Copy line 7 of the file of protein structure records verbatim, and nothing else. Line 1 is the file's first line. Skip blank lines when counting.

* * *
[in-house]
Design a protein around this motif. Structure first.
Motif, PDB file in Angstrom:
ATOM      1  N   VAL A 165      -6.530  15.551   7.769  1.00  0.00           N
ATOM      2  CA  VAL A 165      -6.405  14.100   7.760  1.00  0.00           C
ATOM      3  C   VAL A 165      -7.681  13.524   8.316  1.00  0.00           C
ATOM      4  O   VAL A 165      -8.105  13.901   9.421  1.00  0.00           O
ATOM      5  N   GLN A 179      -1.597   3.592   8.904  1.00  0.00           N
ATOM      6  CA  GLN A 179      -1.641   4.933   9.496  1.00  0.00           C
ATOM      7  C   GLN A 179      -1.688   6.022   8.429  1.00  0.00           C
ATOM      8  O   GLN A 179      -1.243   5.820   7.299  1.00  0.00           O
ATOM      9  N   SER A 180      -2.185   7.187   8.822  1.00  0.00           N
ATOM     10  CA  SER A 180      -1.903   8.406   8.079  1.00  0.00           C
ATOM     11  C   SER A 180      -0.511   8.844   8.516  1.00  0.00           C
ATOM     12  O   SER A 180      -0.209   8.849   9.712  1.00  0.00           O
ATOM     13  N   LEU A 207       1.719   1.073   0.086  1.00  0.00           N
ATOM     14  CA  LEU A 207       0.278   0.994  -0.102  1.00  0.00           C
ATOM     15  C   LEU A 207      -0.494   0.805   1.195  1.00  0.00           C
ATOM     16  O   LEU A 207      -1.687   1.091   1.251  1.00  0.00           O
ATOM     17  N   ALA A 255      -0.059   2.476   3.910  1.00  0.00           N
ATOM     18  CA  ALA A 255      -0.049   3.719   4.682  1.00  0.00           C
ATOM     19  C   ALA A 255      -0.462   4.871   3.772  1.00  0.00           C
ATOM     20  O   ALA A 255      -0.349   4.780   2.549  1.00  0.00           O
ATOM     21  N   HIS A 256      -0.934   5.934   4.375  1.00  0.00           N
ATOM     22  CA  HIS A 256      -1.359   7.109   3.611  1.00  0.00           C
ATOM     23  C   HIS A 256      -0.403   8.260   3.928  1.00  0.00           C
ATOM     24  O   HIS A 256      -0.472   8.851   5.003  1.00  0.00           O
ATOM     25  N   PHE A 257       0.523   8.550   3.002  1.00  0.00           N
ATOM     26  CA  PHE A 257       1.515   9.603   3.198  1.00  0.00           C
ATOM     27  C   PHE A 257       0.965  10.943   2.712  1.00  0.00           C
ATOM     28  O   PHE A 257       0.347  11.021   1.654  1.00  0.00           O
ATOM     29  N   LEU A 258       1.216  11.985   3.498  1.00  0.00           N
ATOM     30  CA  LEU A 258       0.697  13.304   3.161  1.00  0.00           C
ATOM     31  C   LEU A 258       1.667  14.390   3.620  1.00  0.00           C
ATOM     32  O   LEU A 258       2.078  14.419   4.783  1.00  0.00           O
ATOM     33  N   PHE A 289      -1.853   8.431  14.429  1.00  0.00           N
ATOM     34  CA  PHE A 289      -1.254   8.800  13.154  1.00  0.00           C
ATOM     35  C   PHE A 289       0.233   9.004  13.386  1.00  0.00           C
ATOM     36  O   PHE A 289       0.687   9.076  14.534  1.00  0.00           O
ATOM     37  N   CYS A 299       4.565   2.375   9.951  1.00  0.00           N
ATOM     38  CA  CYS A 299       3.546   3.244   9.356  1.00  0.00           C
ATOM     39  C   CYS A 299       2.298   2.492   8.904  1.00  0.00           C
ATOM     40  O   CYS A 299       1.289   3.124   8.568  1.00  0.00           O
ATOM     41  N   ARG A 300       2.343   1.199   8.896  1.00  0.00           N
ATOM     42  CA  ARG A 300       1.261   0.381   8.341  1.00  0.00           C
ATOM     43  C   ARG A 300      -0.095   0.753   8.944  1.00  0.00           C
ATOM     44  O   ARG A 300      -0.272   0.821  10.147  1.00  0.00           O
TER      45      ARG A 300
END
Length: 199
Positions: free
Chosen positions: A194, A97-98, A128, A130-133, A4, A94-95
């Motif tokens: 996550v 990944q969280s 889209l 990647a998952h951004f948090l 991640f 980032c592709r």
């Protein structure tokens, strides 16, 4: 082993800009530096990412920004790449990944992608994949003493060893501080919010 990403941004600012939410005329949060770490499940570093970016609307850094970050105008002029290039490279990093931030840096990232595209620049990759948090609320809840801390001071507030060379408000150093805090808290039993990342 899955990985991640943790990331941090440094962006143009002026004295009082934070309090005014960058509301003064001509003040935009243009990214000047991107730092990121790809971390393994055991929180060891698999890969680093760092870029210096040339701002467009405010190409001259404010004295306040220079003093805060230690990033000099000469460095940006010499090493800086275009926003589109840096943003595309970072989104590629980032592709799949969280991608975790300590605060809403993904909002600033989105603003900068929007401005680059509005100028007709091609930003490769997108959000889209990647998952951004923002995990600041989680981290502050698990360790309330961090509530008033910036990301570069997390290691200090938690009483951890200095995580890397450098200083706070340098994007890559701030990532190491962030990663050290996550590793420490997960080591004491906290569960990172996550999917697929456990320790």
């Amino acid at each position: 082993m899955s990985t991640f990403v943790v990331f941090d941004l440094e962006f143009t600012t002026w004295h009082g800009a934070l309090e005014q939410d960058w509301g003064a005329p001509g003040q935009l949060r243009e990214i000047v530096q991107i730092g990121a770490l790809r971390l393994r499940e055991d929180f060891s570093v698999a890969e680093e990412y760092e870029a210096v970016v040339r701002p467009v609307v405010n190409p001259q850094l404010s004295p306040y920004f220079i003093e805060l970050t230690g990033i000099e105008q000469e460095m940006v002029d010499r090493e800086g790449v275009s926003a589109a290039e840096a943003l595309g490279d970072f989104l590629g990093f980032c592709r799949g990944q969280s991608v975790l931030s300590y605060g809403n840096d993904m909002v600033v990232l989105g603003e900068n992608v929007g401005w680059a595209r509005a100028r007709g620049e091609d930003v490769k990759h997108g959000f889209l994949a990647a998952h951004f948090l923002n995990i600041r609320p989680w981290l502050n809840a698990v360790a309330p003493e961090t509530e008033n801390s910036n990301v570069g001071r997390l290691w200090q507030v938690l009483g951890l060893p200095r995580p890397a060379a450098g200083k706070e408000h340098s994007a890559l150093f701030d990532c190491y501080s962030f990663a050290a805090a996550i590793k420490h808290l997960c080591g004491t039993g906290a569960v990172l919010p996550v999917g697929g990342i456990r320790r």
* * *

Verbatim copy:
ATOM      4  O   VAL A 165      -8.105  13.901   9.421  1.00  0.00           O